2019 Industry review

By Fabio Murra, SVP Product & Marketing.

As we approach the end of 2019 – and before we all get caught up in Christmas festivities, it is a great time to stop and review the myriad of different topics the industry has been debating this year, including cloud transformation, low-latency streaming, 5G connectivity, 4K and 8K. Still, I believe the key topic remains: How to give consumers  a broadcast-like experience but using IP and the convenience it offers.

Industry trends

Where traditionally broadcast Pay TV was drawing the large crowds around events (and is built for it), we’re now seeing a shift. Broadcasters offer companion apps that are used more and more by their customers outside of the home during live events, pure OTT streaming services like Amazon and Facebook are buying the rights to premium sports and large scale events like E-sports are born on the internet. What consumers demand from these services is a high-quality, low-latency broadcast-like experience. Certainly not rebuffering at key moments, poor video quality and 30+ seconds of latency.

During a live event, the challenge that broadcasters and service providers face, is that everything has to be sufficiently dimensioned to a point where latencies are low and stream delivery is robust. At V-Nova, as experts in compression technologies, we take this challenge and embrace it. We know video compression plays a crucial role in premium delivery and are constantly working with clients trying to solve the problem of delivering content at bitrates that are manageable but give a premium experience on any device whilst massively reducing rebuffering incidents. We know, for example, that delivering a high-quality HD picture to mobile devices on a mobile network with legacy compression technologies is impossible. Broadcasters need to embrace new compression technologies, although deciding which one to deploy in a sea of available acronyms such as HEVC, VVC, AV1, LCEVC, VP9, is anything but easy. That’s why I recommend our customers simplify things as much as possible, and take the decision based on three elements:

  1. How well does it compress? Or, how much is to going to save me or make me by reaching more customers…
  2. Computationally, how intense is it going to be? Or, how much more is it going to cost me to deploy and operate…
  3. Is the device compatibility already out there? Or, how many people actually have the devices needed to enjoy my new, improved, service?

We have witnessed the transition over the past years from compression relying on dedicated hardware to more software-based solutions. On the encoding side, I’d like to say this transition is almost complete. Good software solutions for live transcoding are now pervasive; whether you want it in your own head-end, data centre or process the content in the cloud. The challenge remains on the decoding side, as codecs are traditionally embedded within a device. For someone who wants to deploy a new generation of compression technology like HEVC or VP9 which have always relied on hardware been embedded on the device, the challenge is the need to wait for a meaningful addressable market of enabled devices. Without it, switching on that extra additional workflow, and the cost that incurs does not make sense.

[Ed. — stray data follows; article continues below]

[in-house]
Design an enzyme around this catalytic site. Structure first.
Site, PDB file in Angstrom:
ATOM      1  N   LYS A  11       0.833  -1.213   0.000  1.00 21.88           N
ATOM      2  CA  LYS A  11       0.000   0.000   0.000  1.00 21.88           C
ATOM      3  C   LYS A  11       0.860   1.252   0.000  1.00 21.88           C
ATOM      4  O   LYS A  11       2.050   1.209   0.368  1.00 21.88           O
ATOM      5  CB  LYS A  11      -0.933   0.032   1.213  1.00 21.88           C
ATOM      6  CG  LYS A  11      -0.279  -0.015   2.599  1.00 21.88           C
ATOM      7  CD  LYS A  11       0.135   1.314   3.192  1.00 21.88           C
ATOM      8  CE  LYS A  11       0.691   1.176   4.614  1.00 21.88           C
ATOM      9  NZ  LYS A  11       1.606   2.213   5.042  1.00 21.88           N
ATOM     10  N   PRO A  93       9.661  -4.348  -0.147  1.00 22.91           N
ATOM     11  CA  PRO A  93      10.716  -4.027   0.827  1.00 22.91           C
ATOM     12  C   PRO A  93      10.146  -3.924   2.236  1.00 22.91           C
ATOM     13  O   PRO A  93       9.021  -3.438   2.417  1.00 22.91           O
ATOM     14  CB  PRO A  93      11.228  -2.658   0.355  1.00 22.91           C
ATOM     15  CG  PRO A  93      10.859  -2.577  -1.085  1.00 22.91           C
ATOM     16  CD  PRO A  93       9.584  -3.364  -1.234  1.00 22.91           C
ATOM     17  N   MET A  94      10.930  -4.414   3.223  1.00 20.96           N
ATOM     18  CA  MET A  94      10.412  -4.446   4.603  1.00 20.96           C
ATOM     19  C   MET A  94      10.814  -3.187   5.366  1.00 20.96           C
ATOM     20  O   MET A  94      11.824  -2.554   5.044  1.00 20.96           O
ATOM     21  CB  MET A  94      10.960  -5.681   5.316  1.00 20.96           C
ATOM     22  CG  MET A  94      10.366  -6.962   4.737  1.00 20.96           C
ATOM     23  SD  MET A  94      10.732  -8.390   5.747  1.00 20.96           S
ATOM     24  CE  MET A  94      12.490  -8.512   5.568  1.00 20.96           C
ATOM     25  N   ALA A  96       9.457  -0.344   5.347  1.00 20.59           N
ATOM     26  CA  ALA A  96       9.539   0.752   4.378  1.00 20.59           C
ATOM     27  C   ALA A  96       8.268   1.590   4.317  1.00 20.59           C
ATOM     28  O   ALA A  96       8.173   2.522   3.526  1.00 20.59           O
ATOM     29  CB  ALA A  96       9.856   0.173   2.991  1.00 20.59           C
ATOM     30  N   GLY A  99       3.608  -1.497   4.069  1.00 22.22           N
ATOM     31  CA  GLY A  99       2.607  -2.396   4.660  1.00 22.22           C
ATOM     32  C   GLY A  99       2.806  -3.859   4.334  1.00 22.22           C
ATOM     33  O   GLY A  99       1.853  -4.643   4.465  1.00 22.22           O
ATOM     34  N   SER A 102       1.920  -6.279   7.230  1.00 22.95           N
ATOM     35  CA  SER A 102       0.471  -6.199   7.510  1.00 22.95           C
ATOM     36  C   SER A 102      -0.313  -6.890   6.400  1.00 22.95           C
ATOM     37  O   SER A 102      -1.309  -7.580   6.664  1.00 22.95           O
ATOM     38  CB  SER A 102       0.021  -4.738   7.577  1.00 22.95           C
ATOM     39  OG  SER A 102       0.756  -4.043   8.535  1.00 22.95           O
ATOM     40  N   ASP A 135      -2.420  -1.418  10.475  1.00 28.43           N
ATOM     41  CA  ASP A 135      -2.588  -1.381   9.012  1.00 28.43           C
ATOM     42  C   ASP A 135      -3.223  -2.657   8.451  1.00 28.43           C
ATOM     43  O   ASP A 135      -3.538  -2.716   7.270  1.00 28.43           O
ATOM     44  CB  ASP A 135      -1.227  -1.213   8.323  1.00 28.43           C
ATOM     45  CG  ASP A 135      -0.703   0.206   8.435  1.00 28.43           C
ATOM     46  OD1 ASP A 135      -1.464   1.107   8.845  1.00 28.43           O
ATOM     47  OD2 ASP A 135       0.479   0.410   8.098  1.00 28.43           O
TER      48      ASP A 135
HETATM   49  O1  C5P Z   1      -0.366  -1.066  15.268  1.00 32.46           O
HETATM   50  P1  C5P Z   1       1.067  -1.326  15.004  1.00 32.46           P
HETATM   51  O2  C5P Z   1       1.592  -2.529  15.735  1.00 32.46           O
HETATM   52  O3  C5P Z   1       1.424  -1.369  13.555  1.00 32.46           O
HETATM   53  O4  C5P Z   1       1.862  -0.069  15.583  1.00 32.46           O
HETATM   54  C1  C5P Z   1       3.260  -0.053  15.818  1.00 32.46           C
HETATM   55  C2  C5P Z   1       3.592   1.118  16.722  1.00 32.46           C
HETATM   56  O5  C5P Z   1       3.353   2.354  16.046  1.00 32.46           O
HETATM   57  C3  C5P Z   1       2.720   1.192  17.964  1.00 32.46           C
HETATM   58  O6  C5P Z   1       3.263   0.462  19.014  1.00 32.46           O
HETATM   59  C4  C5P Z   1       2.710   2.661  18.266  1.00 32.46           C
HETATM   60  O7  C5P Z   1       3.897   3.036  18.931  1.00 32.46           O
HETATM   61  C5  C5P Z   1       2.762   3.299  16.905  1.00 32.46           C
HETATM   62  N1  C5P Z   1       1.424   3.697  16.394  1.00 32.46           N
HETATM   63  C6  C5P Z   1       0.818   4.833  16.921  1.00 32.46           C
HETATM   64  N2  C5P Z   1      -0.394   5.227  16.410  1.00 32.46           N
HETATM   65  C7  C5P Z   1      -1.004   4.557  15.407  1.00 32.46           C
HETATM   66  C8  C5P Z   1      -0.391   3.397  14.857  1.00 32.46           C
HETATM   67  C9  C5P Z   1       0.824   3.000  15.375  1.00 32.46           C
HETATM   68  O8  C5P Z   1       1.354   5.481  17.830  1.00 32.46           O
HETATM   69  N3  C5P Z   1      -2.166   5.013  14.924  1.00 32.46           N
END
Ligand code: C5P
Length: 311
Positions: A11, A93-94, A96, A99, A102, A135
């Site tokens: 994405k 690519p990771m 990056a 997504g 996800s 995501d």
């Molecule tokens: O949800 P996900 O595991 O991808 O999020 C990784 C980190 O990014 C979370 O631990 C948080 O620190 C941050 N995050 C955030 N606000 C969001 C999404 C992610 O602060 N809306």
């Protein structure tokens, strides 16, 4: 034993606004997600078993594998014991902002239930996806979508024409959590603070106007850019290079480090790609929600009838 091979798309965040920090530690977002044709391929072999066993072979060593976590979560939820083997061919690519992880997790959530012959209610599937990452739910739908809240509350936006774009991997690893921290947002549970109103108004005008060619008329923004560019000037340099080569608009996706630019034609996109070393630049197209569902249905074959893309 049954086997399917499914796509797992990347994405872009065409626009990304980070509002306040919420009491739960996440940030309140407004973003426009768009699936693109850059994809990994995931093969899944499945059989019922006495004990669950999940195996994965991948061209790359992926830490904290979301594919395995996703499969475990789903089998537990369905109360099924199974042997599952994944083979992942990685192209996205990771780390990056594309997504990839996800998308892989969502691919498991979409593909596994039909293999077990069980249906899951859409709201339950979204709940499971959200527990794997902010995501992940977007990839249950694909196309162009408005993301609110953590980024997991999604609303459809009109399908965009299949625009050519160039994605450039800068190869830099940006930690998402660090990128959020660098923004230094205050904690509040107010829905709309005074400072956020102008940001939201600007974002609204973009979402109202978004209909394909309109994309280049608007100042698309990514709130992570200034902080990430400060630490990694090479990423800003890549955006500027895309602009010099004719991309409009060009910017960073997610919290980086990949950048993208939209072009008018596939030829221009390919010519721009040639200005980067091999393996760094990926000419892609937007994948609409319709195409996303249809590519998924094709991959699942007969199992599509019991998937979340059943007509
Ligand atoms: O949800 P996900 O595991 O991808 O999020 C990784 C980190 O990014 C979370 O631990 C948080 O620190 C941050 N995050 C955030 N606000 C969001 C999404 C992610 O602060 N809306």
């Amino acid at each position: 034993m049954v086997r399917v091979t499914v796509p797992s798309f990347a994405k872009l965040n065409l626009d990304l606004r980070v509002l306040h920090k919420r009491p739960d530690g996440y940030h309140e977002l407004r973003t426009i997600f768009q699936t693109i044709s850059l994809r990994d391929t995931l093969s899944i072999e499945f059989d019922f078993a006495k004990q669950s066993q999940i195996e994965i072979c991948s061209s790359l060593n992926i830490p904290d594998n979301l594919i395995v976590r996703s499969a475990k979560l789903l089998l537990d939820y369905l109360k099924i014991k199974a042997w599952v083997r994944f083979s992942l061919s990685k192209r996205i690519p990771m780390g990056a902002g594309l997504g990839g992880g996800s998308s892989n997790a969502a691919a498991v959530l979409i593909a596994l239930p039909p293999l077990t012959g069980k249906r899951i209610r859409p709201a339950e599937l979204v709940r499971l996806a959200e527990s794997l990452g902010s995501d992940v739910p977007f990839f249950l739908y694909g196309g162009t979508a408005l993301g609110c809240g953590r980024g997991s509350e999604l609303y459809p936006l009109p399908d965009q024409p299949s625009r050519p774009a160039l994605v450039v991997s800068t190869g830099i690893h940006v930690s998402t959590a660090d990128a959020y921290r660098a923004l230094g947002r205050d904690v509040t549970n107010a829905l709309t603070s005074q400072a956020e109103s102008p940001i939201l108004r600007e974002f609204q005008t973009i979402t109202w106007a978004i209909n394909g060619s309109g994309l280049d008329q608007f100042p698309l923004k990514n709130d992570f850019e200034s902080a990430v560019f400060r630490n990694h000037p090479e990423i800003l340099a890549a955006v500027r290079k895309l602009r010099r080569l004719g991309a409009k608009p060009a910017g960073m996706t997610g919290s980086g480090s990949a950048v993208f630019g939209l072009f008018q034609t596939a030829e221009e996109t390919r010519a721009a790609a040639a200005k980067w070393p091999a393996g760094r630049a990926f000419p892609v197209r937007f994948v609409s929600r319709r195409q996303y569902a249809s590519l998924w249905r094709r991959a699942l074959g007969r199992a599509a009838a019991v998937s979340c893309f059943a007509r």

To decide, you really need to look at who you are targeting, the devices you are targeting, the type of service you want to offer and the technologies out there. This year, at IBC 2019, we presented the first software libraries for a new standard from MPEG called MPEG-5 Part 2 Low Complexity Enhancement Video Coding (LCEVC). It represents a very new approach to video delivery for the industry. A combination of multiple compression techniques to create a codec-agnostic extension to enhance all other codecs; improving codec efficiency and readily deployable via software with sustainable power consumption. The presence of the enhancement stream improves compression, or video quality at any given bit rate, while reducing processing power consumed compared to the same stream encoded with the native approach. LCEVC truly has the potential to positively affect all the dimensions above, accelerating new service deployments and massively improving their reach and quality of experience.

I also heard a lot of discussion around 4K and 8K and whether these higher resolution technologies will continue to drive consumer demand. Personally, I love 4K and 8K because I see the appeal of more immersive realistic experiences, but also because I know that deploying such a service does not mean changing everything in the same way we did for HD. Compression technology such as LCEVC is fantastically amenable to these high resolutions.

LCEVC specifies a data stream structure defined by two component streams: stream 1 is a ‘base’ (typically at a lower resolution than the final output signal) compressed with any codec which is decodable by an existing hardware decoder. Stream 2 is the enhancement layer, compressed with a codec that can be decoded via light software processing, and even via scripted decoding in an HTML5 browser. This means that the vast majority of devices and browsers on the planet can already support next-generation video experiences. Therefore, I trust we will see more people deploying 4K or higher resolution services by leveraging these new techniques.

We are moving to a new era of compression. An era with more choices and more possibilities. The ultimate beneficiary of this is the consumer, who will be able to receive better services, with less buffering at low-latency and enjoy video everywhere. At V-Nova we feel very proud to be part of such a creative and inspiring industry and make our own contribution to help shape the future!